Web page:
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Nikolas Pafitis14:06:06

Hello guys, great project, big fan. I'd like to ask a couple of questions: • Is there going to be a feature/flag where you select the extension of your generated components/base? For example clj, cljs, cljc, cljr, clje or whatever next implementation of Clojure can be? • Is there going to be a feature/flag where poly cli adds the newly generated brick's path to dev's or another brick's paths? • Why does the interface namespace is generated with each component? Couldn't it be done by having an interfaces/ dir where you have only one interface namespace per, well interface, which that interface would then delegate "polymorphically" to the core namespace, for example.

Nikolas Pafitis14:06:37

The mechanism for comparing the same interface namespaces to have the same API looks kinda funky to me


I’ve asked about #3 and it seemed that there might, in the future, be an option to have the component name replace the fixed name interface so you would have com.acme.thing.thing instead of com.acme.thing.interface. You can already have com.acme.thing.interface.subthing (which I’ve been using for protocols: com.acme.thing.interface.protocols). Personally, I’d prefer just com.acme.thing as the interface name but I understand that complicates the directory/file structure for the tool (currently com/acme/thing is always a directory).


Regarding #2, it does seem that updating :extra-paths in the :dev and :test aliases in the workspace deps.edn could be automated (but I would only want that if it preserved whitespace and comments when editing my deps.edn file).

Nikolas Pafitis15:06:07

I think you're right @U04V70XH6 about #3, although it might complicate component "polymorphism", so that's why the devs thought another level of indirection with an interface (I have to give it some thought i don't have a real opinion).

Nikolas Pafitis15:06:38

@U04V70XH6 about #2 you can do that using which preserves whitespace.


And, yes, #1 would be a nice setting to have in workspace.edn — but be aware that the Polylith team say they are specifically targeting (server-side) Clojure and not ClojureScript because it’s on the server side where the architecture makes sense: a frontend code base is likely to be structured very differently, and you also don’t have quite the same REPL-based workflow in non-Clojure contexts. I only do server-side Clojure so I don’t really have a good grasp on cljs workflows, for example, but the couple of times I’ve dabbled with cljs in the last year or too it has seemed frustratingly different/behind the Clojure workflow.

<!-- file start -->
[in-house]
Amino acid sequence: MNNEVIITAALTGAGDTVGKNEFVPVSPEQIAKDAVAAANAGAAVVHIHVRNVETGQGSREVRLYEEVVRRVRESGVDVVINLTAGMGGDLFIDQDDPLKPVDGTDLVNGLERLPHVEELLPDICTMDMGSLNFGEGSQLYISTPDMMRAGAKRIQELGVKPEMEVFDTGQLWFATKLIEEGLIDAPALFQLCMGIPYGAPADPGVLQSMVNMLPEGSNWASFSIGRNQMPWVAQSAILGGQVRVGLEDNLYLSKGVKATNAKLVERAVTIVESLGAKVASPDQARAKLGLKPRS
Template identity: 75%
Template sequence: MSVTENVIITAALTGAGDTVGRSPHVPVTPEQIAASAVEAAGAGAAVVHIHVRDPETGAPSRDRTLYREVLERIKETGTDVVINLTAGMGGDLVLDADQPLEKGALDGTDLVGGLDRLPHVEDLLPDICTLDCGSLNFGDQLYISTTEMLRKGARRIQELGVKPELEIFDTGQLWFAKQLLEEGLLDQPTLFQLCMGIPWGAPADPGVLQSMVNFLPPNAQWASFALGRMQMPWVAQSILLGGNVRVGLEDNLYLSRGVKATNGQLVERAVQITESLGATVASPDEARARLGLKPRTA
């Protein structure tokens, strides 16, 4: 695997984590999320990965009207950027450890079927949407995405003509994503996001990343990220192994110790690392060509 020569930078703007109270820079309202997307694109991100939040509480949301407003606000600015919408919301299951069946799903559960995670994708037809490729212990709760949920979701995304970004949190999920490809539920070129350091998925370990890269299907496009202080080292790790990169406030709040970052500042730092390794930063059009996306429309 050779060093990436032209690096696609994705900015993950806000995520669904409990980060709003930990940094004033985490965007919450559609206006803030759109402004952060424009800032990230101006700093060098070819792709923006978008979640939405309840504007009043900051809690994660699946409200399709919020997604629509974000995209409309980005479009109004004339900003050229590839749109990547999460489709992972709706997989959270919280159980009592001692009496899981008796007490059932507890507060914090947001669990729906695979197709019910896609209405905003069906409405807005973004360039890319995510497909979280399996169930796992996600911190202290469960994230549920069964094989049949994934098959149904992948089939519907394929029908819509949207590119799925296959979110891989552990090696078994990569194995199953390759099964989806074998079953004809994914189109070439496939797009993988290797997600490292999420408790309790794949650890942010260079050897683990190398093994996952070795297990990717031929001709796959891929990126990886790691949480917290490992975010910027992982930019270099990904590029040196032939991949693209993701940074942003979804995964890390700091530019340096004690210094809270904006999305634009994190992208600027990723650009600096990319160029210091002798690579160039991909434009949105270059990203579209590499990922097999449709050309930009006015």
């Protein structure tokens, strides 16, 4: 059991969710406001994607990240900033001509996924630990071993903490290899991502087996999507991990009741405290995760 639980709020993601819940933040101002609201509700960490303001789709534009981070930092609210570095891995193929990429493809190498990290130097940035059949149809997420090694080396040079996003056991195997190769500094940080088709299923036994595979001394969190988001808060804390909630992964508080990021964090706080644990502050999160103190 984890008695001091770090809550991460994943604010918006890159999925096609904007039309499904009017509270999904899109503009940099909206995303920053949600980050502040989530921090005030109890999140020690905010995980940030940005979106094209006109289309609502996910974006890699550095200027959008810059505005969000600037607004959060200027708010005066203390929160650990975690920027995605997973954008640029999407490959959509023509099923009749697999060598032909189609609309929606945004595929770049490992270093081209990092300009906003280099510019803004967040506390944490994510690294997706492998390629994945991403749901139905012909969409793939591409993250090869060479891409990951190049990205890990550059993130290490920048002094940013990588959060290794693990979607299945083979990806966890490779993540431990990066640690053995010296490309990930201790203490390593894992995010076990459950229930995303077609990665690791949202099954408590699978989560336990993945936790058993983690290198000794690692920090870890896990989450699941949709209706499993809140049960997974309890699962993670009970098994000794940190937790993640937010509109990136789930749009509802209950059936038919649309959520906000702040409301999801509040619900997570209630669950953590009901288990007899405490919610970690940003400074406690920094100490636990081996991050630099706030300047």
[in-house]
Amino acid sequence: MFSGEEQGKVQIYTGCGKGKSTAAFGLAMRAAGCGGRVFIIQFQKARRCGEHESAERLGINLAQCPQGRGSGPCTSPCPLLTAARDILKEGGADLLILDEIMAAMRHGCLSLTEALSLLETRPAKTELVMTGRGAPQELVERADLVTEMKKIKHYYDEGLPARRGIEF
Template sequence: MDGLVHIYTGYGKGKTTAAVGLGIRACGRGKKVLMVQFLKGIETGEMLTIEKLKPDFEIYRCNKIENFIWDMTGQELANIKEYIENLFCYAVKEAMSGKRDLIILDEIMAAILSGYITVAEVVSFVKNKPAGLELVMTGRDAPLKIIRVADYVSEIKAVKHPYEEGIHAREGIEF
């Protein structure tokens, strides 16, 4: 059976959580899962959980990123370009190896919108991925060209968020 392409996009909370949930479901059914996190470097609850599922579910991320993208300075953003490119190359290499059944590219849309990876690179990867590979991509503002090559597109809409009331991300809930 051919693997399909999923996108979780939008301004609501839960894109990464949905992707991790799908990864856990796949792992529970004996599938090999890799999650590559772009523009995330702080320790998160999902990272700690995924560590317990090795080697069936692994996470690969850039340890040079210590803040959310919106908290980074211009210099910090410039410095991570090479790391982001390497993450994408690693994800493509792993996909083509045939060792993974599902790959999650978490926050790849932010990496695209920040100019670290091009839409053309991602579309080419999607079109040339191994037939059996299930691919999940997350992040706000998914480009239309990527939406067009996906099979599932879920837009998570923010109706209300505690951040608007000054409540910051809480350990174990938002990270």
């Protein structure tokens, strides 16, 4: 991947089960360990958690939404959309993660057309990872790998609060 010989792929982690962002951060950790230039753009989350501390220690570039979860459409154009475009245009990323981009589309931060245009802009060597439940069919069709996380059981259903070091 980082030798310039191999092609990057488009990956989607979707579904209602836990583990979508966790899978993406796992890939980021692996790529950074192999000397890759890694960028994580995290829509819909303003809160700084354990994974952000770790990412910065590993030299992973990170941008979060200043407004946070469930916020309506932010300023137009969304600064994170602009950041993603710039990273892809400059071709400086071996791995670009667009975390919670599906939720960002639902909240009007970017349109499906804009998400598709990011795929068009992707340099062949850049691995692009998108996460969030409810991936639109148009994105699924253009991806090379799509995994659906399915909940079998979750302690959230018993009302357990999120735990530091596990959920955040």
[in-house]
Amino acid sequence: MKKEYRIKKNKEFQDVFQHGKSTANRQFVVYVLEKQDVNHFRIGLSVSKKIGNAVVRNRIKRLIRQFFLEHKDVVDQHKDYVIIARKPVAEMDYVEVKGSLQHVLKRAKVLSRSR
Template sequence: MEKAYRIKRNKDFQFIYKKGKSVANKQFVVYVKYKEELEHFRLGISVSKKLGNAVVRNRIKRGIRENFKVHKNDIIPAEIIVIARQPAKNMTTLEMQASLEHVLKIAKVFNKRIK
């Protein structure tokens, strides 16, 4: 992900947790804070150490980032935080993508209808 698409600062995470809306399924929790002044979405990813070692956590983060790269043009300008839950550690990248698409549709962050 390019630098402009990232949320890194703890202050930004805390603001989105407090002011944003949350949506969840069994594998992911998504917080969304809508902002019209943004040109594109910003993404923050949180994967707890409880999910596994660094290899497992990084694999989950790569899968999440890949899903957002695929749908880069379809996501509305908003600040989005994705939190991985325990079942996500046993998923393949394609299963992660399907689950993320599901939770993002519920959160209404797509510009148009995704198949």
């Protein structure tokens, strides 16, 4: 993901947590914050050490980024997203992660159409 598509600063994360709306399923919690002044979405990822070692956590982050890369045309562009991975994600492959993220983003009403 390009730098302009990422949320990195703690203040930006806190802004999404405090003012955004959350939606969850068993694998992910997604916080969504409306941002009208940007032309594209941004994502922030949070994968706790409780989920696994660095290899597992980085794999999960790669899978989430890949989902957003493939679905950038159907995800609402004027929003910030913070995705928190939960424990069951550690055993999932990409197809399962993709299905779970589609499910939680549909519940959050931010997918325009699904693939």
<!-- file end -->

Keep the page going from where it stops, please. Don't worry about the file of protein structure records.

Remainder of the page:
The interface naming seems very “odd” when you first encounter it — that was probably the thing I liked least about Polylith’s approach when I first read about it — but I’ve quickly gotten used to it now. And the substitutability (and very clean separation of “interface” and implementation) are worth the “cost” of the slightly odd naming/structure.


Polylith seems to be one of those ideas that is very hard to really appreciate until you actually start using it…

Nikolas Pafitis15:06:08

About #1 i made a dummy fullstack project using clj/cljs and it works pretty fine actually, makes alot of sense for SPAs as well. It's just that currently i go and rename my files from clj to cljc/cljs and add clojurescript dependency where necessary. Also other implementations of Clojure are viable for server-side, even cljs. I might want to try polylith witth clojerl one day let's say, i think it would be nice to just have an option which just changes the extension of your file

Nikolas Pafitis15:06:27

I don't mind having an "interface" namespace as much, even though it's not classic idiomatic clojure. It just feels weird to me having to maintain multiple namespaces of the same "interface" where they have to look identical. Don't get me wrong i love the project.

Nikolas Pafitis15:06:12